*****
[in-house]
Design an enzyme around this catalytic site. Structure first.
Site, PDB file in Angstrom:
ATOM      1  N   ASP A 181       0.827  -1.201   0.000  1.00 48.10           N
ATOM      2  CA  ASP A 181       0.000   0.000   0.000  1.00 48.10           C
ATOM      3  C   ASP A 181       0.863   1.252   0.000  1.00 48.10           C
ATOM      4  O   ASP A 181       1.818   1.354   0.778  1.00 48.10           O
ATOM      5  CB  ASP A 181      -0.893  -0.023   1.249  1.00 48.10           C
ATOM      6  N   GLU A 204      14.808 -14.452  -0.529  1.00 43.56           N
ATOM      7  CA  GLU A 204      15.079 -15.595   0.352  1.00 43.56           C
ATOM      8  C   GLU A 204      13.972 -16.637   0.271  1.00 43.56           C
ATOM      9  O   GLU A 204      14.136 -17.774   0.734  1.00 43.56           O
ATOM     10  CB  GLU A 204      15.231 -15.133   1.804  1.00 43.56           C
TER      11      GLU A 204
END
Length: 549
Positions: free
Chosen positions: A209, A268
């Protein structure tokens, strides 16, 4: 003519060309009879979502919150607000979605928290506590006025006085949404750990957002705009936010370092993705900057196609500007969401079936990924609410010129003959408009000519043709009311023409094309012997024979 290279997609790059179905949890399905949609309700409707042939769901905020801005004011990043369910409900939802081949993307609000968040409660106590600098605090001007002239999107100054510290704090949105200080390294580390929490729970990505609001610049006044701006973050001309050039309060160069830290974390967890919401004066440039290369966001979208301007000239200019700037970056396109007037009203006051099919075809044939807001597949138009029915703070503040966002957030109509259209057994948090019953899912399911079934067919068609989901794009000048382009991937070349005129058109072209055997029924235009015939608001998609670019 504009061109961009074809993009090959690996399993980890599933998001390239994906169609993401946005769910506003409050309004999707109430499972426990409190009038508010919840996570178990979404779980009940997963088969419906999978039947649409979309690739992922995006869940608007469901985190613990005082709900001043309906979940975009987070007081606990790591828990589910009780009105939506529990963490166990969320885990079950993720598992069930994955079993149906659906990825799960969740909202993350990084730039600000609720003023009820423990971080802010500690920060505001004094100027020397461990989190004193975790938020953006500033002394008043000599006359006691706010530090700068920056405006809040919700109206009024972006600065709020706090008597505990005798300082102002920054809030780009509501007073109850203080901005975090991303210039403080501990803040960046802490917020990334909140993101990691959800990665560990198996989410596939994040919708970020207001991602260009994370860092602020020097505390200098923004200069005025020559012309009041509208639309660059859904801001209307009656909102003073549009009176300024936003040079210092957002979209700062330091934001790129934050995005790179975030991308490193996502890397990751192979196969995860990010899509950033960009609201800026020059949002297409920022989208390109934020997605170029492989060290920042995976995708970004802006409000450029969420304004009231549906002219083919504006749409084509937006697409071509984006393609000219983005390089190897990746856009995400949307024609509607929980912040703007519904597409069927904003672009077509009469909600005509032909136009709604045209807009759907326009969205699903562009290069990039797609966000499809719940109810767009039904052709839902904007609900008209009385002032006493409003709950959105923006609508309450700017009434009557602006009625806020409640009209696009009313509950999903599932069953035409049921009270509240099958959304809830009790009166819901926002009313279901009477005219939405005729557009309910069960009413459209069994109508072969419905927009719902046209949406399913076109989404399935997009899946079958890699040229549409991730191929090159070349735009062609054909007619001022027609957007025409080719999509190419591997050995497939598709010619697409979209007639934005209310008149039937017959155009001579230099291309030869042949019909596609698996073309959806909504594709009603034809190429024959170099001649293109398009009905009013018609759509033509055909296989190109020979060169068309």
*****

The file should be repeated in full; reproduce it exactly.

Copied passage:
[in-house]
Design an enzyme around this catalytic site. Structure first.
Site, PDB file in Angstrom:
ATOM      1  N   ASP A 181       0.827  -1.201   0.000  1.00 48.10           N
ATOM      2  CA  ASP A 181       0.000   0.000   0.000  1.00 48.10           C
ATOM      3  C   ASP A 181       0.863   1.252   0.000  1.00 48.10           C
ATOM      4  O   ASP A 181       1.818   1.354   0.778  1.00 48.10           O
ATOM      5  CB  ASP A 181      -0.893  -0.023   1.249  1.00 48.10           C
ATOM      6  N   GLU A 204      14.808 -14.452  -0.529  1.00 43.56           N
ATOM      7  CA  GLU A 204      15.079 -15.595   0.352  1.00 43.56           C
ATOM      8  C   GLU A 204      13.972 -16.637   0.271  1.00 43.56           C
ATOM      9  O   GLU A 204      14.136 -17.774   0.734  1.00 43.56           O
ATOM     10  CB  GLU A 204      15.231 -15.133   1.804  1.00 43.56           C
TER      11      GLU A 204
END
Length: 549
Positions: free
Chosen positions: A209, A268
């Protein structure tokens, strides 16, 4: 003519060309009879979502919150607000979605928290506590006025006085949404750990957002705009936010370092993705900057196609500007969401079936990924609410010129003959408009000519043709009311023409094309012997024979 290279997609790059179905949890399905949609309700409707042939769901905020801005004011990043369910409900939802081949993307609000968040409660106590600098605090001007002239999107100054510290704090949105200080390294580390929490729970990505609001610049006044701006973050001309050039309060160069830290974390967890919401004066440039290369966001979208301007000239200019700037970056396109007037009203006051099919075809044939807001597949138009029915703070503040966002957030109509259209057994948090019953899912399911079934067919068609989901794009000048382009991937070349005129058109072209055997029924235009015939608001998609670019 504009061109961009074809993009090959690996399993980890599933998001390239994906169609993401946005769910506003409050309004999707109430499972426990409190009038508010919840996570178990979404779980009940997963088969419906999978039947649409979309690739992922995006869940608007469901985190613990005082709900001043309906979940975009987070007081606990790591828990589910009780009105939506529990963490166990969320885990079950993720598992069930994955079993149906659906990825799960969740909202993350990084730039600000609720003023009820423990971080802010500690920060505001004094100027020397461990989190004193975790938020953006500033002394008043000599006359006691706010530090700068920056405006809040919700109206009024972006600065709020706090008597505990005798300082102002920054809030780009509501007073109850203080901005975090991303210039403080501990803040960046802490917020990334909140993101990691959800990665560990198996989410596939994040919708970020207001991602260009994370860092602020020097505390200098923004200069005025020559012309009041509208639309660059859904801001209307009656909102003073549009009176300024936003040079210092957002979209700062330091934001790129934050995005790179975030991308490193996502890397990751192979196969995860990010899509950033960009609201800026020059949002297409920022989208390109934020997605170029492989060290920042995976995708970004802006409000450029969420304004009231549906002219083919504006749409084509937006697409071509984006393609000219983005390089190897990746856009995400949307024609509607929980912040703007519904597409069927904003672009077509009469909600005509032909136009709604045209807009759907326009969205699903562009290069990039797609966000499809719940109810767009039904052709839902904007609900008209009385002032006493409003709950959105923006609508309450700017009434009557602006009625806020409640009209696009009313509950999903599932069953035409049921009270509240099958959304809830009790009166819901926002009313279901009477005219939405005729557009309910069960009413459209069994109508072969419905927009719902046209949406399913076109989404399935997009899946079958890699040229549409991730191929090159070349735009062609054909007619001022027609957007025409080719999509190419591997050995497939598709010619697409979209007639934005209310008149039937017959155009001579230099291309030869042949019909596609698996073309959806909504594709009603034809190429024959170099001649293109398009009905009013018609759509033509055909296989190109020979060169068309």